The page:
He finds this entertaining.

His speech in Manhattan Wednesday was a very shrewd move. If the Dems don't protest, we're wimps. If we do, we aren't pursuing the DSM rabbit hole. On a personal level, Rove must really enjoy this. We must seem like malleable little children to him; easily bent to his whim. Don't like the imagery? Good. We need everybody on the same page.

Thank God for the Brits, who are considerably less impressed with the chain of events leading up to this (il)legal war.

Former British cabinet minister Clare Short is demanding a parliamentary investigation into Attorney General Peter Goldsmith's advice on war with Iraq.
...Short said in February, 2005 that Lord Goldsmith breached the ministerial code by submitting a summary of his advice to senior ministers....
"It says in the ministerial code that if any advice from the law officers is summarised when it comes to Cabinet the full advice should be attached," she told BBC Radio.

"My view is we need the House of Lords to set up a special committee,
summon the attorney, get all the papers out, look at exactly what happened," Short said....

The attorney general has hit back at critics of his Iraq war legal advice, saying it is "fantasy" to suggest the (U.S.) government leant on him to justify the invasion.

In an interview with the Telegraph, the government's senior legal adviser said: "My conclusion was that it [Iraq war] was lawful.

"I stand by my conclusion that military action was lawful. That was a
judgment I had to reach. I reached it and I stand by it."

"And I want to reject the suggestions that I was leant on, or that this somehow was not my genuine opinion. These suggestions that this was not genuinely my view - these are fantasies and they need to be seen as such." -- Daily Kos

Had to reach? Lawyers like Goldsmith live and die by the power and massageable context of words. His statement gives him some butt coverage if, er, when this keg blows. As for the "leant on" quote:

On 11 February, Goldsmith met Taft, a former US ambassador to Nato who was then chief legal adviser to the Secretary of State, Colin Powell. After a gruelling 90-minute meeting in Taft's conference room 6419, Goldsmith then met the US Attorney General, John Ashcroft, followed by a formidable triumvirate including Judge Al Gonzales, Bush's chief lawyer at the White House.

Goldsmith also met William 'Jim' Haynes, who is Defence Secretary's Donald Rumsfeld's chief legal adviser, and John Bellinger, legal adviser to Condoleezza Rice, then the National Security Adviser. This group of lawyers is as renowned for fearsome intellect as it is for hard-line conservative politics. Bellinger is alleged to have said: 'We had trouble with your Attorney; we got there eventually.' From copies of Goldsmith's legal advice to the Prime Minister published last week, it is clear that these meetings had a pivotal role in shaping Goldsmith's view that there was a 'reasonable case' for war. -- Daily Kos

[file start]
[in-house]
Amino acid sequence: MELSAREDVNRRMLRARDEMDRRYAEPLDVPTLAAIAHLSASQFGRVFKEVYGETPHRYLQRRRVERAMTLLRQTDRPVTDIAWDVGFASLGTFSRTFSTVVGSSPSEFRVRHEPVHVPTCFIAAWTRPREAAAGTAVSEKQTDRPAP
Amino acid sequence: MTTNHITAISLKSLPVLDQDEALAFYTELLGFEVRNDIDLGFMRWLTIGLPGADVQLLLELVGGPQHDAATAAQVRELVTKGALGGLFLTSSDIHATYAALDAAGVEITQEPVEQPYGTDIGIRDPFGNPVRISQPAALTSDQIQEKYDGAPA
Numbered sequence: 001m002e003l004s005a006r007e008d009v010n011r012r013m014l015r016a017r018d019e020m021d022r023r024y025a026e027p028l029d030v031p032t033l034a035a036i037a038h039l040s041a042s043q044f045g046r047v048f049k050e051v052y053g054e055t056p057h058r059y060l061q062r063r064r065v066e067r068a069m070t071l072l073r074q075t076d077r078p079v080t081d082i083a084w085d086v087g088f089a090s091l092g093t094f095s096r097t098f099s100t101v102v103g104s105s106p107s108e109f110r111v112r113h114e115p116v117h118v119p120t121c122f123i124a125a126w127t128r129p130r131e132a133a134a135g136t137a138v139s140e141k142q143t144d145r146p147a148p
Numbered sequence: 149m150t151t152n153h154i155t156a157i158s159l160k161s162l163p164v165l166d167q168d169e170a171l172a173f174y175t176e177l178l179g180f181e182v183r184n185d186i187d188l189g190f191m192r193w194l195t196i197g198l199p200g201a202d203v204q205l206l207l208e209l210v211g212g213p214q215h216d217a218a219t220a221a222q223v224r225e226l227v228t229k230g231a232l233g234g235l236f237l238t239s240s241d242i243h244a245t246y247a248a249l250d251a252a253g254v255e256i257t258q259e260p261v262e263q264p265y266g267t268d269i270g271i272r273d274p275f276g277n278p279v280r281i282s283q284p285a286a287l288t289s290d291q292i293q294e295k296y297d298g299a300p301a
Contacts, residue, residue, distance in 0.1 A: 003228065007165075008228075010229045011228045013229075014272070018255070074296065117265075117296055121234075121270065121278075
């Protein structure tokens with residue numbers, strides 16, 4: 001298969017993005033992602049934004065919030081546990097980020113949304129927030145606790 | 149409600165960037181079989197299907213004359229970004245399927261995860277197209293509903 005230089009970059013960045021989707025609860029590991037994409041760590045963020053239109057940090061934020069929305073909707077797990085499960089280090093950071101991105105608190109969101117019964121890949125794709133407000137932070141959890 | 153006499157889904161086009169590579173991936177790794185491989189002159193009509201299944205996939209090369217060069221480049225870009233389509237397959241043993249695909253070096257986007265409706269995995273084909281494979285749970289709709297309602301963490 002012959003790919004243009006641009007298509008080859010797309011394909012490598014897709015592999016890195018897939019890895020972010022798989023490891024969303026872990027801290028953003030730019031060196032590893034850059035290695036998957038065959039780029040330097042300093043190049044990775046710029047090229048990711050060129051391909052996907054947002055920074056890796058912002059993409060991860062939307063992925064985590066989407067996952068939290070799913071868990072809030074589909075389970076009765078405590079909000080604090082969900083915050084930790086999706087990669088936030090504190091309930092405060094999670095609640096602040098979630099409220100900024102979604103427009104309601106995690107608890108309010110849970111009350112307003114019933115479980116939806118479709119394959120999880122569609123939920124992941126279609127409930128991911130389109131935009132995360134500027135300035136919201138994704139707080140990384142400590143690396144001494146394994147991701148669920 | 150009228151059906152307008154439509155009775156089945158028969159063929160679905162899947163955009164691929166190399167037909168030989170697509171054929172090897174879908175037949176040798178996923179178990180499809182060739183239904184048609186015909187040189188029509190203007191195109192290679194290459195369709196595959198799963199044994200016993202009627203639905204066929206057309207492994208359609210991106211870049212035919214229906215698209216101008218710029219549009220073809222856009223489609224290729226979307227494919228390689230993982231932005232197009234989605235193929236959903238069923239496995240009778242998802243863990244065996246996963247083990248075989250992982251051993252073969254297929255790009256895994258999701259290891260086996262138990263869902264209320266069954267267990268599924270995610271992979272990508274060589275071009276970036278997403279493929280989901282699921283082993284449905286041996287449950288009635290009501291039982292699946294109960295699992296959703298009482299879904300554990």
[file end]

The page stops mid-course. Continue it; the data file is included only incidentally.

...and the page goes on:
Taft, Ashcroft, Gonzales, Haynes and Bellinger leaned. There is no doubt in my mind. They are precisely why Goldsmith used the phrase "had to reach". His premise for his sin is now part of the public record. The big, bad Americans made him do it.

This is why Rove attacked us. The Downing Street Memo is a real threat to him and the administration he built. Frankly, I'm delighted. Dems finally have a concrete issue we can pursue. I really don't care what Rove blathers about from here on out. It's sole purpose is to pull us off the truth, stop us from exposing the rabbit hole, prevent us from shining the light into the nest of lies, entangled like vipers around the throat of liberty. The amount of subterfuge involved in Bush getting his war in Iraq grows and grows. America may no longer have much of a mainstream fourth estate, but bloggers continue to find their feet as pundits and citizen reporters. Questions, on the legality of behavior and whether or not we were engaged in a covert war, keep cropping up.

The focus turned to what may ultimately be the most important part of the memo: the point where Hoon said that the US had already begun “spikes of activity to put pressure on the regime”.

Ministry of Defence figures for the number of bombs dropped on southern Iraq in 2002 show that virtually none were used in March and April; but between May and August an average of 10 tons were dropped each month, with the RAF taking just as big a role in the “spikes of activity” as their US colleagues. Then in September the figure shot up again, with allied aircraft dropping 54.6 tons.

If this was a covert air war, both Bush and Blair may face searching questions. In America only Congress can declare war, and it did not give the US president permission to take military action against Iraq until October 11, 2002. Blair’s legal justification is said to come from UN Resolution 1441, which was not passed until November 8, 2002.